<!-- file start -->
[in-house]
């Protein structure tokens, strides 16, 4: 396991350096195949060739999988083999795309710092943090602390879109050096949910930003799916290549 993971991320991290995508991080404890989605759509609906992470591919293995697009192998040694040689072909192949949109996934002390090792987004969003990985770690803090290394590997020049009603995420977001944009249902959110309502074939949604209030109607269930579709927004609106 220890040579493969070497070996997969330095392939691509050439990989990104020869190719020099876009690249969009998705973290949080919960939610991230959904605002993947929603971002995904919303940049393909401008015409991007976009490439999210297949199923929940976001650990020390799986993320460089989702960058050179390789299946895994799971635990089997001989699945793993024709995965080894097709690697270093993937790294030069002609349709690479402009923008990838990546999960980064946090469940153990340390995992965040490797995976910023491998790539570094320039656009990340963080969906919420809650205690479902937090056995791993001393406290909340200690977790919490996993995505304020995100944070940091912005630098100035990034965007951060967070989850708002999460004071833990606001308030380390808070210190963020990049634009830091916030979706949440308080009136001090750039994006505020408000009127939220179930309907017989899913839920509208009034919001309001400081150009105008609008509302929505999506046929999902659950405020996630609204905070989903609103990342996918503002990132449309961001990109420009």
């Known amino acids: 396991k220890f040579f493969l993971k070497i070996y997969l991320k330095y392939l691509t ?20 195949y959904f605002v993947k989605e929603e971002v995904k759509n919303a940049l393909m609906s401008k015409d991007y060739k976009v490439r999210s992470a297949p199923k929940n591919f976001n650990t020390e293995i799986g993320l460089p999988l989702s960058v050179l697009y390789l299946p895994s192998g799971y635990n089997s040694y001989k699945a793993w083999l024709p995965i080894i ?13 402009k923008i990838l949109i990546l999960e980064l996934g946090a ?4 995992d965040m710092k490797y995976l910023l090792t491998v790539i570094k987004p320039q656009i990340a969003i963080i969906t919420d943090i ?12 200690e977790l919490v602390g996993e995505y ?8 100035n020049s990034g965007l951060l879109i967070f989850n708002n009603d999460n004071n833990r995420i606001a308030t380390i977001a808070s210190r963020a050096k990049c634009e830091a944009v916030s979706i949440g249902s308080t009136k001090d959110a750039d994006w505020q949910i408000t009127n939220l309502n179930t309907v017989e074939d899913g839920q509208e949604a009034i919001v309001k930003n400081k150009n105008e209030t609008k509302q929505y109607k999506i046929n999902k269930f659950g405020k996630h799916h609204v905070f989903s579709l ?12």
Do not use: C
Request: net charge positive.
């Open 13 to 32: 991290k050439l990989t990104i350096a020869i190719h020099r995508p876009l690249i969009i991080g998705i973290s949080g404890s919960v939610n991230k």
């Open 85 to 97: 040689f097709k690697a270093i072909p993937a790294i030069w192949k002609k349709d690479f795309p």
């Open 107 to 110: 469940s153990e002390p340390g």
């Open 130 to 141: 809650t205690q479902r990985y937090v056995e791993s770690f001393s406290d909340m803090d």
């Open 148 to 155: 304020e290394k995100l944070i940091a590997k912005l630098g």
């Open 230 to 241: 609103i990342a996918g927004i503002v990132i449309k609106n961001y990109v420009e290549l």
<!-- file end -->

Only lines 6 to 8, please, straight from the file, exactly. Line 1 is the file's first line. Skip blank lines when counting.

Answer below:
């Open 13 to 32: 991290k050439l990989t990104i350096a020869i190719h020099r995508p876009l690249i969009i991080g998705i973290s949080g404890s919960v939610n991230k």
């Open 85 to 97: 040689f097709k690697a270093i072909p993937a790294i030069w192949k002609k349709d690479f795309p």
């Open 107 to 110: 469940s153990e002390p340390g």